Secretary of State John Kerry attempted to tamper his views on the likelihood of Syria's use of chemical weapons with his belief that a peaceful resolution is possible in the Syria crisis, during a Google+ Hangout on Friday afternoon.
"We owe it to the world to try and get there and to explore in good faith whether or not we can avoid the bloodshed, avoid the violence," Kerry said.
While confessing his belief that there is "strong evidence" that Syrian President Bashar Assad has used chemical weapons, Kerry pressed the importance for talks, as difficult as they may seem at the current moment.
"It's not an easy path, but it is a path I think we, as a matter of conscience, are obligated to go down," Kerry said.
Anti-government Shiite protesters hold a poster of Assad.
US President Barack Obama has said that the use of chemical weapons in Syria would represent the crossing of a red line, insinuating that the US will take action if it determines that chemical weapons have been used.
Turkish Foreign Minister Ahmet Davutoglu said on Friday that Syrian casualties treated in Turkey show signs of being victims of chemical weapons.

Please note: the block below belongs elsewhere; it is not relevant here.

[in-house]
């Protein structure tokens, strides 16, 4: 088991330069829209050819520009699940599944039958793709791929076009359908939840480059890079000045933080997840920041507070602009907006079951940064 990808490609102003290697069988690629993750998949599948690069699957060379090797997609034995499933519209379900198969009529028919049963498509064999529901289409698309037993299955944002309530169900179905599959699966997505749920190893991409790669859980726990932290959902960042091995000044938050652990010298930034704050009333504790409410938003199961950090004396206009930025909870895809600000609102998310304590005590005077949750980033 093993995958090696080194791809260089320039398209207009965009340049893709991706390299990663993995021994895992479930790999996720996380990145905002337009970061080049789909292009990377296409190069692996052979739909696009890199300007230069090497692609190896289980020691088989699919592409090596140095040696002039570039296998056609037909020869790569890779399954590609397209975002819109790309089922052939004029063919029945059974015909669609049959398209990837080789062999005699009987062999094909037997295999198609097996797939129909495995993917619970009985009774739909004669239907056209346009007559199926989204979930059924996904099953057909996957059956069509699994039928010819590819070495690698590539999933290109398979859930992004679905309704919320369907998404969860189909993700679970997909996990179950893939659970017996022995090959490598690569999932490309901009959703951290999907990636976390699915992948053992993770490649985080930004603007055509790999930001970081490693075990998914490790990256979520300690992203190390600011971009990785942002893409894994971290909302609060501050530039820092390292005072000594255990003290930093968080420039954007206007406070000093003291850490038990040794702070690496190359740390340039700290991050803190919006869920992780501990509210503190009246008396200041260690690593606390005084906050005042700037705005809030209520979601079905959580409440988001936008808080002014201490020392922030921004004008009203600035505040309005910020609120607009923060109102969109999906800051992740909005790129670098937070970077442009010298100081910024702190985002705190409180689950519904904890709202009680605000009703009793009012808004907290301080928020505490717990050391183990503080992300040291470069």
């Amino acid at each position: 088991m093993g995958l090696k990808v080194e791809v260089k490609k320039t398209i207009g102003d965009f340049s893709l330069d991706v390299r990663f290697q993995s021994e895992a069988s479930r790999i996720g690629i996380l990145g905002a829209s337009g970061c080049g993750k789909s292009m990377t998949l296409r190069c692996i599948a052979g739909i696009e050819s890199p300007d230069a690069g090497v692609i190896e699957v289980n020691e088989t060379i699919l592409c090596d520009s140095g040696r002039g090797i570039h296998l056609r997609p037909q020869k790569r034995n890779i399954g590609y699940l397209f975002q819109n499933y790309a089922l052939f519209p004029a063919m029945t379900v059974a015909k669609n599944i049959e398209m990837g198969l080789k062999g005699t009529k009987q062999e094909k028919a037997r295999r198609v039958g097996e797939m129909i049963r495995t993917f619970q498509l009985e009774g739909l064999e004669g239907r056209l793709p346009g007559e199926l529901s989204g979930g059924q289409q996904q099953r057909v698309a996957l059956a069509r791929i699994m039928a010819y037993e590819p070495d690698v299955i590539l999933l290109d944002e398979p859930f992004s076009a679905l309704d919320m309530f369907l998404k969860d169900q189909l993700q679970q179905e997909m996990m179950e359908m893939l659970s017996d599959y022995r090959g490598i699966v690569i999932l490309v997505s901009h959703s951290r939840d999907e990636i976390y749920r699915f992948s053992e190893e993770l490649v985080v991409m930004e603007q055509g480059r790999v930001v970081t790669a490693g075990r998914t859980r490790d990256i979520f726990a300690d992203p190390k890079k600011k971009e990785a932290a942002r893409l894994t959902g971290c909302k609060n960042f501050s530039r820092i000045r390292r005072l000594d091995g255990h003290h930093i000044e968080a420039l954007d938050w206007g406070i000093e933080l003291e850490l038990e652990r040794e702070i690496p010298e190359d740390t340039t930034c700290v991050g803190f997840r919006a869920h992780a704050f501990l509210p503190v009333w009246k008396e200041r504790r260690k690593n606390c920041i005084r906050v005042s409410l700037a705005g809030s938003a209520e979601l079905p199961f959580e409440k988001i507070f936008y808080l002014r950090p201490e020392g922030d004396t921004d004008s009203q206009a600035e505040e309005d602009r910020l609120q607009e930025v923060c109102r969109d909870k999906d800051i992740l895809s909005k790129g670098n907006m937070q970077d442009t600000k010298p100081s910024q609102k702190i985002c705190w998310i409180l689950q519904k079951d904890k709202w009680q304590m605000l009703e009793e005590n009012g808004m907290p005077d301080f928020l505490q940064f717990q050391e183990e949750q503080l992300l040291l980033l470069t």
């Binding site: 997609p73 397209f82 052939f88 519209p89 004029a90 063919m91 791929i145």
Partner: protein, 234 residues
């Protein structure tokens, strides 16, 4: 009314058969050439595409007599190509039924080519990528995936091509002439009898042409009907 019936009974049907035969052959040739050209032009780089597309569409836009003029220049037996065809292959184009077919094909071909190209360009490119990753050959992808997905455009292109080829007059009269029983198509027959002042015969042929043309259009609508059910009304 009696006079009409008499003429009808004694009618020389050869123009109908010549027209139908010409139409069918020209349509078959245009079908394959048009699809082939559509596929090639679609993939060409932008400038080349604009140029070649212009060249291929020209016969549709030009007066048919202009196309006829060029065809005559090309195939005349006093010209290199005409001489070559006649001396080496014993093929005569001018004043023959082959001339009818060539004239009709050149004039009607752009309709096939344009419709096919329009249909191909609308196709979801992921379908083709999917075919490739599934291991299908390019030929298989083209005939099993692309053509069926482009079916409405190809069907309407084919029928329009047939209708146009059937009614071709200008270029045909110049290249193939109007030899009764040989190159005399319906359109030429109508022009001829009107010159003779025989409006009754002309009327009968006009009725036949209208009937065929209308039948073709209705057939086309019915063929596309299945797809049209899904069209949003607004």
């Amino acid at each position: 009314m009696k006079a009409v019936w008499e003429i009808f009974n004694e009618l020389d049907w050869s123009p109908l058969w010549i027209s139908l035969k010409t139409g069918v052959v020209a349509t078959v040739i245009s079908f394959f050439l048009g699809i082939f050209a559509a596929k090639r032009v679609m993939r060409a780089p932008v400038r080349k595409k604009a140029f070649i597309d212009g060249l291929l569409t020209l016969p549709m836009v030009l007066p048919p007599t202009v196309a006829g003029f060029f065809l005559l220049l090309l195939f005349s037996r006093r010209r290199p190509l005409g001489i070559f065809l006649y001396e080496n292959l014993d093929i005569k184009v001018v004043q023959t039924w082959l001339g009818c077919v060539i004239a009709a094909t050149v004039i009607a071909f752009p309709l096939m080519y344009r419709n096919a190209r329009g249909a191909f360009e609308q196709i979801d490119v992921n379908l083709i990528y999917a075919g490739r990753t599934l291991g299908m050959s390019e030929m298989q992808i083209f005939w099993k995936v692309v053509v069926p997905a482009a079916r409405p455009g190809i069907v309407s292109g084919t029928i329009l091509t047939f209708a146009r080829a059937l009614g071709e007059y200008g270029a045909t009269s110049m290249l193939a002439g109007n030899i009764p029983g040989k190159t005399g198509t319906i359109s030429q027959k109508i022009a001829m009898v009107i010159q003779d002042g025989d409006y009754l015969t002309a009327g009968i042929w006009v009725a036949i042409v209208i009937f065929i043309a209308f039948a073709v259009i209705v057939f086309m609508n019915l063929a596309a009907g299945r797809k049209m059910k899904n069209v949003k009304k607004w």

Wary of the false intelligence used to justify the 2003 war in Iraq, the United States says it wants proof that chemical weapons have been used before taking any action in Syria.
But if the evidence is confirmed it would increase the possibility of Western intervention against Assad to stop the two-year civil war, even as the United States and Russia try to bring the sides to peace talks.
Turkey confirmed last week it was testing blood samples from Syrian casualties brought over the border to determine whether they had suffered a chemical weapons attack.
"We have been making tests and we have some indications regarding chemical weapons being used, but in order to make sure and verify we are continuing these tests and will be sharing these tests with UN agencies," Foreign Minister Ahmet Davutoglu said in the Jordanian capital Amman on Friday.
"We know the Syrian regime has stocks .. And everybody knows the Syrian regime has this capacity," Davutoglu said. "Of course this has been one of our major concerns because chemical weapons are a threat against humanity and a crime."
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